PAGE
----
and passes them to the worker's `work()` method.
If `StopWork` is raised, the job's schedule is set to `STOP`. If
any other exception is raised it is logged and the job is not
rescheduled. Otherwise the job's schedule is checked and it's
returned to the queue or timeline if appropriate.

## Writing a Worker

Redbike includes a simple worker class that is flexible enough for
many cases. Just override its `work()` method.

```python
# mymodule.py
from redbike import RoundRobin, StopWork

class Worker(RoundRobin):

    def work(self, jobid):
        should_stop = do_something(jobid)
        if should_stop:
            raise StopWork("Don't run this job any more!")
```

This class chooses work queues based on the portion of the
JOBID following the last `:`. It is initialized with a colon
separated string specifying the queues to work and the order
in which to work them. If, for instance, you want to put jobs
into two queues and have queue "A" worked twice as often as
queue "B", this would do the trick:

```bash
$ redbike set job1:A CONTINUE
$ redbike set job2:B CONTINUE
$ redbike work mymodule:Work("A:A:B")
```
## Backoff

Workers with `CONTINUE` schedules may sometimes wish to
introduce a backoff. The worker's `work()` method may
return an interger value of backoff seconds and the job
will be entered into the timeline to be enqueued for
work again after the specified backoff has elapsed.

## Outstanding Set

When workers consume jobs from the queue, they add the
jobid to the "outstanding" set. When they complete, they
remove the jobid and reschedule. If the jobid is no longer
in the outstanding set when the job completes, it will not
reschedule. This behavior prevents the worker from stepping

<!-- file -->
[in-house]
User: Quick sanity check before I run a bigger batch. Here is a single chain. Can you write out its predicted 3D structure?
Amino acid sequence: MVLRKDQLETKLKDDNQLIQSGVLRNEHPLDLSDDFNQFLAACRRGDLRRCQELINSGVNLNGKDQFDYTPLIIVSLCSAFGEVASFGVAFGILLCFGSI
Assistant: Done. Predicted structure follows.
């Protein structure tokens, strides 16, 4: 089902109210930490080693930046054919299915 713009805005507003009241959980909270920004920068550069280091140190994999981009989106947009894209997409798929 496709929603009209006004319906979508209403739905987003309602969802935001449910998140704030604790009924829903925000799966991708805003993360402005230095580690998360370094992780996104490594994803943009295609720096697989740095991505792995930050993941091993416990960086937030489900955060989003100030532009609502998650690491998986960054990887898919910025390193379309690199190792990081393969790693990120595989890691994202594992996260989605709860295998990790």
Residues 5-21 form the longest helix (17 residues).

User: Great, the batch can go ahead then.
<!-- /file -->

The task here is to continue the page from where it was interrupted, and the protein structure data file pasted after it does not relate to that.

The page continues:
on schedule changes (typically made by `set()` and `unset()`)
that may have happened while the job was being worked.

## Stopping

```bash
$ redbike control HALT
```

Both dispatcher and worker processes watch for a control key
to be set to `HALT` in Redis and stop immediately after completing
their current task.

## Failure Modes

Redbike does its best to fail gracefully but managing the failure
modes of your workload is out of scope. How to approach it
depends on how you feel about things like the same scheduled
instance of a job getting worked twice or getting missed when
things crash and burn. That said, there are a few commands that
can help.

Jobs that may have fallen out of circulation and need to be reset
can be found by time of their last status.

```bash
$ redbike statuses [--before=<TIMESTAMP>]
JOBID,status
JOBID,status
...
```

Output is in CSV format.

Statuses are set throughout the lifecycle of jobs in Redbike.

* TML - entered into the timeline
* ENQ - entered into a work queue
* BAD - failed to schedule due to a bad RRULE
* WRK - picked up by a worker
* STP - stopped when the worked raise StopWork
* DIE - worker raised an unexpected exception

To dump the schedules of all the jobs:

```bash
$ redbike schedules
JOBID,schedule
JOBID,schedule
...
```

Again, output is in CSV format.

Finally, to spy on an individual job:

```bash
$ redbike tell <JOBID>
```

This will output a json representation like this:

```json
{
  "status": "ENQ:1381720578",
  "next_run": null,
  "schedule": "CONTINUE"
}
```

## Removing Unwanted Jobs

Once a job is no longer relevant and you want to take it out of
rotation:

```bash
$ redbike unset <JOBID>
```

If the job is currently in a work queue it will not be removed, but
it will disappear after it is worked, unless it dies, in which case
it will leave a DIE event behind in statuses.